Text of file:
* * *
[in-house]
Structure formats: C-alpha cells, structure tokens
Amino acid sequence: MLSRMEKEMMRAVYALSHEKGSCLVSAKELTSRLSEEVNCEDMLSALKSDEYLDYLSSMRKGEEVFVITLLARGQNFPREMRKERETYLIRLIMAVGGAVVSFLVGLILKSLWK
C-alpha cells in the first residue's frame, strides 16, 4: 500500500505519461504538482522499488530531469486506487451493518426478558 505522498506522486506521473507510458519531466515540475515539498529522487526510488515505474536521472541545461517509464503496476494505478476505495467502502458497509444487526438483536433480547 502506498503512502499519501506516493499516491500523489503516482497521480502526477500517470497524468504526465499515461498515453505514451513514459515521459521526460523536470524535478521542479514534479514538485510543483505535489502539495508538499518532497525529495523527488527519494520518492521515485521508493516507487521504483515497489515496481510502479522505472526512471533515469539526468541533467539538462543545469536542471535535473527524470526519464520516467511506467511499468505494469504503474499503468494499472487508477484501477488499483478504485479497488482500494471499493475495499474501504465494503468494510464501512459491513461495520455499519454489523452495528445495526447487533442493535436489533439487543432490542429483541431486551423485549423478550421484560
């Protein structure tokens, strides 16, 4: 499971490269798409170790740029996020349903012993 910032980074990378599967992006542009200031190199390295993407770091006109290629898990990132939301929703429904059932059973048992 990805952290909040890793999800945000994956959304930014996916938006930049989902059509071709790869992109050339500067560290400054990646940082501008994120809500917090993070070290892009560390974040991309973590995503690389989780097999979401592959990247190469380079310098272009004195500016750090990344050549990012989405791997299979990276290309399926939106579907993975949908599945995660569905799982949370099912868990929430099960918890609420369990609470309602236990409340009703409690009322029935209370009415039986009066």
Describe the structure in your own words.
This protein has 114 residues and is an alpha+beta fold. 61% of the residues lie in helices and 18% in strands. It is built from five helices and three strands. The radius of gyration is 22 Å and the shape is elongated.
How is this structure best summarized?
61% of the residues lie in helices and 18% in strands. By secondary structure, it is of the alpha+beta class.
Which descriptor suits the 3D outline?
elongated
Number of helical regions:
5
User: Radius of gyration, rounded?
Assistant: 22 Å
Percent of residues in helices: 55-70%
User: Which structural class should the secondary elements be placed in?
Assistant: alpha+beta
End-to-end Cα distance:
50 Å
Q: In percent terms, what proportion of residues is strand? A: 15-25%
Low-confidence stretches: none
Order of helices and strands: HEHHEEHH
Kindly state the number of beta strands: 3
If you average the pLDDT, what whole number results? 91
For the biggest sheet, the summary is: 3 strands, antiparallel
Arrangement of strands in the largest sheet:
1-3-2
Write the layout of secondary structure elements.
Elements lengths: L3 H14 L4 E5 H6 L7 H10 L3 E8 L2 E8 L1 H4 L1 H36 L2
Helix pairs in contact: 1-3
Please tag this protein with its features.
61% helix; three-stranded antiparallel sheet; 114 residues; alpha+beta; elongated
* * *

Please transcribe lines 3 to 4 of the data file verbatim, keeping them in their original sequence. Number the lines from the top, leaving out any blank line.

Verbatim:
Amino acid sequence: MLSRMEKEMMRAVYALSHEKGSCLVSAKELTSRLSEEVNCEDMLSALKSDEYLDYLSSMRKGEEVFVITLLARGQNFPREMRKERETYLIRLIMAVGGAVVSFLVGLILKSLWK
C-alpha cells in the first residue's frame, strides 16, 4: 500500500505519461504538482522499488530531469486506487451493518426478558 505522498506522486506521473507510458519531466515540475515539498529522487526510488515505474536521472541545461517509464503496476494505478476505495467502502458497509444487526438483536433480547 502506498503512502499519501506516493499516491500523489503516482497521480502526477500517470497524468504526465499515461498515453505514451513514459515521459521526460523536470524535478521542479514534479514538485510543483505535489502539495508538499518532497525529495523527488527519494520518492521515485521508493516507487521504483515497489515496481510502479522505472526512471533515469539526468541533467539538462543545469536542471535535473527524470526519464520516467511506467511499468505494469504503474499503468494499472487508477484501477488499483478504485479497488482500494471499493475495499474501504465494503468494510464501512459491513461495520455499519454489523452495528445495526447487533442493535436489533439487543432490542429483541431486551423485549423478550421484560